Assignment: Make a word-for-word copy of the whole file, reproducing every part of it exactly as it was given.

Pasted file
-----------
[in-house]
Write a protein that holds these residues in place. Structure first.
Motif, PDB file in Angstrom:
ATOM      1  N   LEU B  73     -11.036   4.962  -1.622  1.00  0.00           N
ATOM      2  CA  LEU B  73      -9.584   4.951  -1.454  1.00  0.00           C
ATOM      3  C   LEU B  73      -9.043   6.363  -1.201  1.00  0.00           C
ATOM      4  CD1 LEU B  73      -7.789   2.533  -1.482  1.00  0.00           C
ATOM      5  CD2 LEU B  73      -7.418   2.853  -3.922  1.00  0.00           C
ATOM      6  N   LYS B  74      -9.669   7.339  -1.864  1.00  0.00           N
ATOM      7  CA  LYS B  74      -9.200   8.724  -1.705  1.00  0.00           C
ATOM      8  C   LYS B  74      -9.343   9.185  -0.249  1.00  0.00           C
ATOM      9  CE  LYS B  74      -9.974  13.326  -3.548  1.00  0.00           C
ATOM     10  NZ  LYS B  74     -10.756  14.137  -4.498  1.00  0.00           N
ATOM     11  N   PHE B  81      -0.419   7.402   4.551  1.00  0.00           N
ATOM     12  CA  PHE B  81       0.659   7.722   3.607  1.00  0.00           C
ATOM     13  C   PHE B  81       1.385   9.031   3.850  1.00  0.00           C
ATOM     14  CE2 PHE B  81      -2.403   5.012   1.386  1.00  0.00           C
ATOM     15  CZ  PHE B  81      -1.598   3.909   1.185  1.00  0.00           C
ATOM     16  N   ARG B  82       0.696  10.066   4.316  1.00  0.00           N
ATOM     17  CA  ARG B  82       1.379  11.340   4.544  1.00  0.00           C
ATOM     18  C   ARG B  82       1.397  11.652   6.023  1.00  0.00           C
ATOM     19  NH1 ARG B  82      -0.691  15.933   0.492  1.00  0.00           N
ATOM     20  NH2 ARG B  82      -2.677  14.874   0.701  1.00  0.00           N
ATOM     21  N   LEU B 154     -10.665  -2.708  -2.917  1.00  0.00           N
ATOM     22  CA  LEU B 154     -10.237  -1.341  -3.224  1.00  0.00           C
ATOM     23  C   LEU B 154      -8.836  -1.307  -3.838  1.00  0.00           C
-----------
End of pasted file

[in-house]
Write a protein that holds these residues in place. Structure first.
Motif, PDB file in Angstrom:
ATOM      1  N   LEU B  73     -11.036   4.962  -1.622  1.00  0.00           N
ATOM      2  CA  LEU B  73      -9.584   4.951  -1.454  1.00  0.00           C
ATOM      3  C   LEU B  73      -9.043   6.363  -1.201  1.00  0.00           C
ATOM      4  CD1 LEU B  73      -7.789   2.533  -1.482  1.00  0.00           C
ATOM      5  CD2 LEU B  73      -7.418   2.853  -3.922  1.00  0.00           C
ATOM      6  N   LYS B  74      -9.669   7.339  -1.864  1.00  0.00           N
ATOM      7  CA  LYS B  74      -9.200   8.724  -1.705  1.00  0.00           C
ATOM      8  C   LYS B  74      -9.343   9.185  -0.249  1.00  0.00           C
ATOM      9  CE  LYS B  74      -9.974  13.326  -3.548  1.00  0.00           C
ATOM     10  NZ  LYS B  74     -10.756  14.137  -4.498  1.00  0.00           N
ATOM     11  N   PHE B  81      -0.419   7.402   4.551  1.00  0.00           N
ATOM     12  CA  PHE B  81       0.659   7.722   3.607  1.00  0.00           C
ATOM     13  C   PHE B  81       1.385   9.031   3.850  1.00  0.00           C
ATOM     14  CE2 PHE B  81      -2.403   5.012   1.386  1.00  0.00           C
ATOM     15  CZ  PHE B  81      -1.598   3.909   1.185  1.00  0.00           C
ATOM     16  N   ARG B  82       0.696  10.066   4.316  1.00  0.00           N
ATOM     17  CA  ARG B  82       1.379  11.340   4.544  1.00  0.00           C
ATOM     18  C   ARG B  82       1.397  11.652   6.023  1.00  0.00           C
ATOM     19  NH1 ARG B  82      -0.691  15.933   0.492  1.00  0.00           N
ATOM     20  NH2 ARG B  82      -2.677  14.874   0.701  1.00  0.00           N
ATOM     21  N   LEU B 154     -10.665  -2.708  -2.917  1.00  0.00           N
ATOM     22  CA  LEU B 154     -10.237  -1.341  -3.224  1.00  0.00           C
ATOM     23  C   LEU B 154      -8.836  -1.307  -3.838  1.00  0.00           C